Need a Time Out?
The corner of the room was very familiar.
Two walls came together with a vertical line that went from floor to ceiling. I often sat in my chair facing the corner of those two walls. My eyes stared at that line. Glancing up and down, somehow distracted me from the clock that appeared broken.
I still have 55-minutes to sit here; I moaned inwardly. I knew that if I voiced my complaint, there would be an additional 30-minutes added to what seemed to be a broken clock.
At 4-foot eleven inches, my misbehavior was no match for Mom.
One warning was familiar and gracious. Two notices were rare but merciful. As a young boy, I surmised Mom couldn’t count past two. A third warning didn’t exist with her.
I quickly learned that “I’m sorry,” “I won’t do it again,” “It’s unfair,” or “everyone else gets to do _________” [fill in the blank], did not influence Mom. No matter how much I argued, complained, or insisted on my “rights,” there would be no reprieve from my “Time Out.”
There was no escaping Mom’s “Time Outs.”
My best attempts to use the actions of others to justify my behavior or to play victim would release me from Mom’s discipline. She understood: Correcting my behavior was essential, not only for me but also for the well-being of others.
Mom’s “Time Outs” were enforced when my behavior reflected unacceptable character.
Her faith in God and reliance on God’s word allowed her to see the value of discipline (correction).
“Discipline your son, for there is hope…”
“Discipline your son, and he will give you rest…”
If Mom were alive today, she would be advocating for a “National Time Out!” She would be sending all of us to a chair facing the wall.
We cannot escape the images of “defective character.” Lying, cheating, stealing, misogyny, racism, violence, hatred, name-calling, and moral negligence are a shortlist of inappropriate behavior we observe every day — from leaders to laity alike.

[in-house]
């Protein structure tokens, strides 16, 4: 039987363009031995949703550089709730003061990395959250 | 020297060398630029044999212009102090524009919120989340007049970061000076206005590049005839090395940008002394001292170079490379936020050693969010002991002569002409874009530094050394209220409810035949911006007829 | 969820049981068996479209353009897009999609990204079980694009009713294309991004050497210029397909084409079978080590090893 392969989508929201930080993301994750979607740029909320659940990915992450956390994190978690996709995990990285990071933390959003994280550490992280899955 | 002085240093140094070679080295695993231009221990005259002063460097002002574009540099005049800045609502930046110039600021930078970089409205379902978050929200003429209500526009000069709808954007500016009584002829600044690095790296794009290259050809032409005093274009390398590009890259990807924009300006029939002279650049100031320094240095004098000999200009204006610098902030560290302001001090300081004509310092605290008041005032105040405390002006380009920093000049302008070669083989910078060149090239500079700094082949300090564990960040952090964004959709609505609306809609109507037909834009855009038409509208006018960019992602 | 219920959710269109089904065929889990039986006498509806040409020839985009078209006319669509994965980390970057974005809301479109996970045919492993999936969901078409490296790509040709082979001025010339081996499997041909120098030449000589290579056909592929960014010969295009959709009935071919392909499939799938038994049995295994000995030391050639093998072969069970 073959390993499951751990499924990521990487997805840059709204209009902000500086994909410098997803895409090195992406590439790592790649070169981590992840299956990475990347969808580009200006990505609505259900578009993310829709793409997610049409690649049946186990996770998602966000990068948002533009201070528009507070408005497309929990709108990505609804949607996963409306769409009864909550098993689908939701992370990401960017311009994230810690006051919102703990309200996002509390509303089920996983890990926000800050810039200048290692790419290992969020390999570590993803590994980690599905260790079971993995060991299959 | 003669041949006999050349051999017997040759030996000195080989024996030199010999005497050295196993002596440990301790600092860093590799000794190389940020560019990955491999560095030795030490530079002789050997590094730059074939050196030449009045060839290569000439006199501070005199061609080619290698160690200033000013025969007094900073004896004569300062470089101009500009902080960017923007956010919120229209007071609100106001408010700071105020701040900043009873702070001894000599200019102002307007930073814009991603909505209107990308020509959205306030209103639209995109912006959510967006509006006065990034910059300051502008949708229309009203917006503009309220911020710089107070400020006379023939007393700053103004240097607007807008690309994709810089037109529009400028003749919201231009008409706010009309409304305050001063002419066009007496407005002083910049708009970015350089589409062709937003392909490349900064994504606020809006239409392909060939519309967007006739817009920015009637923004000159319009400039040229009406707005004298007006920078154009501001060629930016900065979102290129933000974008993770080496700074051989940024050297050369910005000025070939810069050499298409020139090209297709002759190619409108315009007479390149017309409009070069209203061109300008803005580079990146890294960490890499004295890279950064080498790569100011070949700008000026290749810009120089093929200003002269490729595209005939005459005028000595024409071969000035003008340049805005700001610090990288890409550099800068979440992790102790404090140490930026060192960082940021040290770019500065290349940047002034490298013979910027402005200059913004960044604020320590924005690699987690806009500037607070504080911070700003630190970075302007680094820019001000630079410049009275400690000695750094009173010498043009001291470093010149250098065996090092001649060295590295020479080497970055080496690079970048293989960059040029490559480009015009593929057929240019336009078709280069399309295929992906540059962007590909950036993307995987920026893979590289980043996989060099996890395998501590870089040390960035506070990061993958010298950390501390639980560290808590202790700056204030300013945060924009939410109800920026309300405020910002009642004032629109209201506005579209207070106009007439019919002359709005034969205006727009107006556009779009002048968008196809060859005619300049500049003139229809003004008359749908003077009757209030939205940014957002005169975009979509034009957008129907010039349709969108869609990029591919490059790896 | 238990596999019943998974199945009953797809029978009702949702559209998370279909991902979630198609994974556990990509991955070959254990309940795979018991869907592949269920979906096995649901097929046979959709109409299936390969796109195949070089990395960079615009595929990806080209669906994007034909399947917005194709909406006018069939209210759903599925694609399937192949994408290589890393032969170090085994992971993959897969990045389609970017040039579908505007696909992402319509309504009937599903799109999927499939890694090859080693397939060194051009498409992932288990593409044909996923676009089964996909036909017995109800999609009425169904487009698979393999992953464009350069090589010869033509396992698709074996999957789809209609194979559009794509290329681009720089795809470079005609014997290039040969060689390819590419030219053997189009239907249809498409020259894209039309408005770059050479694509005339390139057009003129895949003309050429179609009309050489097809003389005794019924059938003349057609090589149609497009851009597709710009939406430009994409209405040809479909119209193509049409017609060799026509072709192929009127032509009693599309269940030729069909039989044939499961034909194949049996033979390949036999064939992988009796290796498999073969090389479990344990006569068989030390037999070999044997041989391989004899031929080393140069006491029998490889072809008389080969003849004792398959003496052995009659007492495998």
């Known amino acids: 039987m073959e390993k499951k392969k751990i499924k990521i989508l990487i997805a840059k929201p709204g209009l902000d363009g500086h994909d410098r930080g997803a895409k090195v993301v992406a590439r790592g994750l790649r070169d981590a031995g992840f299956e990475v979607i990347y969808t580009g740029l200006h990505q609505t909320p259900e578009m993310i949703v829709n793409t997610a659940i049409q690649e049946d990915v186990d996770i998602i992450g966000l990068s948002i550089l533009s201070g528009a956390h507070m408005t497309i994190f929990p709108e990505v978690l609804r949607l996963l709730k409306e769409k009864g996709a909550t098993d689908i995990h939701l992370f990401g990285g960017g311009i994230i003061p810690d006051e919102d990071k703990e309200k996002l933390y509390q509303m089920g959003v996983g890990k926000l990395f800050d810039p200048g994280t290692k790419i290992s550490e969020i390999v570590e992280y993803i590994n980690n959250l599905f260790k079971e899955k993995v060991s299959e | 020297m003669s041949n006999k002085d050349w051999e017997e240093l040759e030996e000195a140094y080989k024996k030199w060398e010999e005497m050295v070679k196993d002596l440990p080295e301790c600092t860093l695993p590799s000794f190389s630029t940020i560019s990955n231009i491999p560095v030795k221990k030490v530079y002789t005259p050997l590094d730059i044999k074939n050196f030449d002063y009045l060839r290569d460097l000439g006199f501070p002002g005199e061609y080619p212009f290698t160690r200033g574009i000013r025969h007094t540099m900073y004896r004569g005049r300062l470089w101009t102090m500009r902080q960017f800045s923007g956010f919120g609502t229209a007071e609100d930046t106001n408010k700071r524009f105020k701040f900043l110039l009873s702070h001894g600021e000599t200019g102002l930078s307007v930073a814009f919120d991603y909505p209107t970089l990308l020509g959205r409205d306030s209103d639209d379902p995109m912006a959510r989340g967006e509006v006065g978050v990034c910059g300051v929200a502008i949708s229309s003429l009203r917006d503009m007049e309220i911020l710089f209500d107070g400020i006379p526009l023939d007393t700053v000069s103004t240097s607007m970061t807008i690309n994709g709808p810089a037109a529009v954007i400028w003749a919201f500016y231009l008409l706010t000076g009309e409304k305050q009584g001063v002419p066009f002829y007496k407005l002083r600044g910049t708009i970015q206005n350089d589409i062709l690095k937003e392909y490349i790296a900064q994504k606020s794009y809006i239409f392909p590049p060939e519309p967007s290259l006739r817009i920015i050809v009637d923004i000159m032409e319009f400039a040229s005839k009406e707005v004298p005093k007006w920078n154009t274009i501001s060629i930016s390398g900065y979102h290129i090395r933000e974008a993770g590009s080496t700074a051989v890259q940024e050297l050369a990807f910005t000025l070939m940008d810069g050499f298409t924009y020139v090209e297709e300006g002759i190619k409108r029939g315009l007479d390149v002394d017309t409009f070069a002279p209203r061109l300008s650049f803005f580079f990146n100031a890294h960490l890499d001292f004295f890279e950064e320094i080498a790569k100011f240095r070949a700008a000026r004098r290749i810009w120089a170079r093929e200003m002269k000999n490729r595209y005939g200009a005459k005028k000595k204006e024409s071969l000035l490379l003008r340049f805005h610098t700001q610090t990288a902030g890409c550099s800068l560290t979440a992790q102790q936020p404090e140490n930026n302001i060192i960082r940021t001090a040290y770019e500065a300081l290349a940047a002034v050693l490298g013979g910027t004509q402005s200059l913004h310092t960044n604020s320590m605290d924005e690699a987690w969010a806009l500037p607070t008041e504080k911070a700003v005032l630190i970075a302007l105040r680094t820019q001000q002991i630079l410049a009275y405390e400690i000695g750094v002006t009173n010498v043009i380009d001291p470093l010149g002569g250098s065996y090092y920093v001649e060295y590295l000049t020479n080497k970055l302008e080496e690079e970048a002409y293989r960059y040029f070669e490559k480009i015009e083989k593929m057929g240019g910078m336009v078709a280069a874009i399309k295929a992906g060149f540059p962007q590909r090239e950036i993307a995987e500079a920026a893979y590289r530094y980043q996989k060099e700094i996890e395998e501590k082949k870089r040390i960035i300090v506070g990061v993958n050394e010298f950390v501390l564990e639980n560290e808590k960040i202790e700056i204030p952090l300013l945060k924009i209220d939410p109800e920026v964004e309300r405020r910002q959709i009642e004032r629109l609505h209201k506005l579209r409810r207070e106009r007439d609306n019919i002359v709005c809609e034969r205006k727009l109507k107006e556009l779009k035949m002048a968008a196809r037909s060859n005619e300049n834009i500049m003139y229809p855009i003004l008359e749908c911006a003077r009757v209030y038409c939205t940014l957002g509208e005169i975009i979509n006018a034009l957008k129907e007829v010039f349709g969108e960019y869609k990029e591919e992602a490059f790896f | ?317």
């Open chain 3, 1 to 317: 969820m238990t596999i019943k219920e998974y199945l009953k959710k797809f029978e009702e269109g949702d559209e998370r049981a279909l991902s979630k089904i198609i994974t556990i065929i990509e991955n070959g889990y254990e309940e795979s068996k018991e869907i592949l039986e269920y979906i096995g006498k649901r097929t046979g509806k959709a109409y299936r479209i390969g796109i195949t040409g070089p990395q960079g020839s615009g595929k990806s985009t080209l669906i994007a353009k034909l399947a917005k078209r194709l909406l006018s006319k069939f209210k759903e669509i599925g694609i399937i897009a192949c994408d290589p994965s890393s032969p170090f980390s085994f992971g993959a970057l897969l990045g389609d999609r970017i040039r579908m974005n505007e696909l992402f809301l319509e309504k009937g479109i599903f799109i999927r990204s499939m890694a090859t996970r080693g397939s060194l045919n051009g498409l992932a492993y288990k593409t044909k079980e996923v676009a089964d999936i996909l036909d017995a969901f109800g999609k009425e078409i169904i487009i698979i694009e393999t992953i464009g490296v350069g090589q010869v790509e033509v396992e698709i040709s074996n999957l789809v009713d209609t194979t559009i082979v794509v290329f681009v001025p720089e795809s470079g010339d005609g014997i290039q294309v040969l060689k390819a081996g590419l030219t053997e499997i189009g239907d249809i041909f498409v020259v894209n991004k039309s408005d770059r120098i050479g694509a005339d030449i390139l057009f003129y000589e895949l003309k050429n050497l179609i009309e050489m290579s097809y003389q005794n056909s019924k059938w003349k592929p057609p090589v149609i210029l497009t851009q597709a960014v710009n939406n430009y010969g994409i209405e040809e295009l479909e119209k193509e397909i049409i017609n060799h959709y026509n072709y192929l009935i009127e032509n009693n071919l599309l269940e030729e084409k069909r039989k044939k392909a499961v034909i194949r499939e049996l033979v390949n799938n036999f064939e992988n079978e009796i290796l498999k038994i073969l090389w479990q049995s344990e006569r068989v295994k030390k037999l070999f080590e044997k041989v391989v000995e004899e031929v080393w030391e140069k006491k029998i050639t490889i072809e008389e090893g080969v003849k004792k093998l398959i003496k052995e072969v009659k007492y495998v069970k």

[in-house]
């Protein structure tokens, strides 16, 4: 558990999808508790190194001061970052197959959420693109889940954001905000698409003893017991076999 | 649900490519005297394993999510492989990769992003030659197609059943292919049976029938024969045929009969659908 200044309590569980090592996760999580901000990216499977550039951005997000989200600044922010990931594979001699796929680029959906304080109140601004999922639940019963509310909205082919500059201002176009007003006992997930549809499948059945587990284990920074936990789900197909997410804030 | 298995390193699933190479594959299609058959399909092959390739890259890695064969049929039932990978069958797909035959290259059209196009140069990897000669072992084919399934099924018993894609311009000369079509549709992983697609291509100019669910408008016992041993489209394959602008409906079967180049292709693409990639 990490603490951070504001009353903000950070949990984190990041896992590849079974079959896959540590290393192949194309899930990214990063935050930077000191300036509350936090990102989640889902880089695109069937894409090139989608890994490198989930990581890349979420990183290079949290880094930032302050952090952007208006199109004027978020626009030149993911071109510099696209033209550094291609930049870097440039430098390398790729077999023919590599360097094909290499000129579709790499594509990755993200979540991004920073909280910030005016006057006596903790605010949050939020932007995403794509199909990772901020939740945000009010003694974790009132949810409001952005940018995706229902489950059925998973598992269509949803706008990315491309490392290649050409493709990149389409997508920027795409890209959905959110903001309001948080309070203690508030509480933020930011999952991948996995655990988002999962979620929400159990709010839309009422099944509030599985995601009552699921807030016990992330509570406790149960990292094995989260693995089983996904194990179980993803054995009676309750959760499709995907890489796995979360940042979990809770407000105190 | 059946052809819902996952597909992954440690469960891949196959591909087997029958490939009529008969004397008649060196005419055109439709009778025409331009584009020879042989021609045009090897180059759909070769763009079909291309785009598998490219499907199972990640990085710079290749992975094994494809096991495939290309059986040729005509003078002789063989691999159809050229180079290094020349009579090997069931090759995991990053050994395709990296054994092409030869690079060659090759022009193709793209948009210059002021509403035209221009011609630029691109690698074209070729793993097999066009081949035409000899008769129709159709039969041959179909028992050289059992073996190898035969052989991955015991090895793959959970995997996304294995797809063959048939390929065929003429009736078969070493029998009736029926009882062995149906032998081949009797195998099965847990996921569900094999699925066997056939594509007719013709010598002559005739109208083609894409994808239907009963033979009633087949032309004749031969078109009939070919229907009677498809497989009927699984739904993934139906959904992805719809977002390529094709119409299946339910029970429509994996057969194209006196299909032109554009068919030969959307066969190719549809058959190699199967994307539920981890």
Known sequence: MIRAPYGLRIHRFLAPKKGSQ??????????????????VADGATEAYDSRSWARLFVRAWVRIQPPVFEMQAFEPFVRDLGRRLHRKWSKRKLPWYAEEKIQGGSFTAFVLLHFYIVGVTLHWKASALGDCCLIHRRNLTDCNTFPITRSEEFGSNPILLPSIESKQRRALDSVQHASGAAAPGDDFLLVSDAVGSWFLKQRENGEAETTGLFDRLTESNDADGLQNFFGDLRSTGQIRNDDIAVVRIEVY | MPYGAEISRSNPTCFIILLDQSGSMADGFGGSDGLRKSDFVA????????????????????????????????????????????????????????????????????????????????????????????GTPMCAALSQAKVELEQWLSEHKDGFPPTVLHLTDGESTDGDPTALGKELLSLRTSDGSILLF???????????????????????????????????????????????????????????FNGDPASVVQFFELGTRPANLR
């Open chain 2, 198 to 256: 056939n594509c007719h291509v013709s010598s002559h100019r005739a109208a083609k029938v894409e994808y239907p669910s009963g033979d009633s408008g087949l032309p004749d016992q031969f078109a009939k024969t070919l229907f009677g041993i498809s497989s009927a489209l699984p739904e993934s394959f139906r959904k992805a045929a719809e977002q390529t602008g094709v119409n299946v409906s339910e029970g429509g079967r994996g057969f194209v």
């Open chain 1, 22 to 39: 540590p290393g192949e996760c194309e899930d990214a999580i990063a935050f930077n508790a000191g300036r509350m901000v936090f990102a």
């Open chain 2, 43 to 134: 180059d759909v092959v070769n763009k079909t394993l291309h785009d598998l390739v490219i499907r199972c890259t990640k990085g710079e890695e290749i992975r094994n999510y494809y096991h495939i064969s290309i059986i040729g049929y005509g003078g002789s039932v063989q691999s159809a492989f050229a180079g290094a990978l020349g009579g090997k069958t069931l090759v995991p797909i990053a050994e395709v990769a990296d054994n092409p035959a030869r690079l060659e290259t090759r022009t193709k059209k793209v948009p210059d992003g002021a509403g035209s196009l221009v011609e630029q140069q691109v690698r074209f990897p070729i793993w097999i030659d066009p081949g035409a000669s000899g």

Yes, I’m tired of the scarcity of moral integrity. It bothers me to see acts of violence and the never-ceasing “blame game” that continually wound us.
But I’m also aware that a “National Time Out” begins with me.
An honorable character requires introspection and correction. The Psalmist asks God:
“Search me, O God, and know my heart! Try me and know my thoughts!” [Emphasis mine]
As long as I can point out “your” character inadequacy, I don’t have time to look at mine. That’s why a “Time Out” is essential: It forces me to be alone with no distractions to examine my behavior, not yours.
“Time Outs” were never enjoyable for me as a boy. Not one time did I ever say: Great! I get to have a “Time Out.” It was more enjoyable being with my friends than thinking about my behavior.
On more than one occasion, as I sat in the corner of the room, staring blankly at that vertical line, I viewed myself as a “victim.” It’s unfair. This punishment is abuse and I don’t deserve this treatment. But I knew there would be no reprieve from that chair until I acknowledged my misstep and asked forgiveness.
Hebrews 12:11 reminds us: “For the moment, all discipline seems painful rather than pleasant, but later it yields the peaceful fruit of righteousness to those who have been trained by it.”
Mom never saw me as a victim. She saw potential in my life that I could not see. She recognized that allowing misbehavior to continue without correction was not loving.
Our Nation needs a “Time Out.”
Today, I willingly self-impose a “Time Out” for me. With the Psalmist I’m praying:
“Investigate my life, O God, find out everything about me, get a clear picture of what I’m about; See for yourself whether I’ve done anything wrong—then guide me on the road to eternal life” - Psalm 139:23-24 (The Message).
Care to join me in a “Time Out?”
The Holy Bible: English Standard Version (Wheaton, IL: Crossway Bibles, 2016), Pr 19:18.
 The Holy Bible: English Standard Version (Wheaton, IL: Crossway Bibles, 2016), Pr 29:17.
 The Holy Bible: English Standard Version (Wheaton, IL: Crossway Bibles, 2016), Ps 139:23.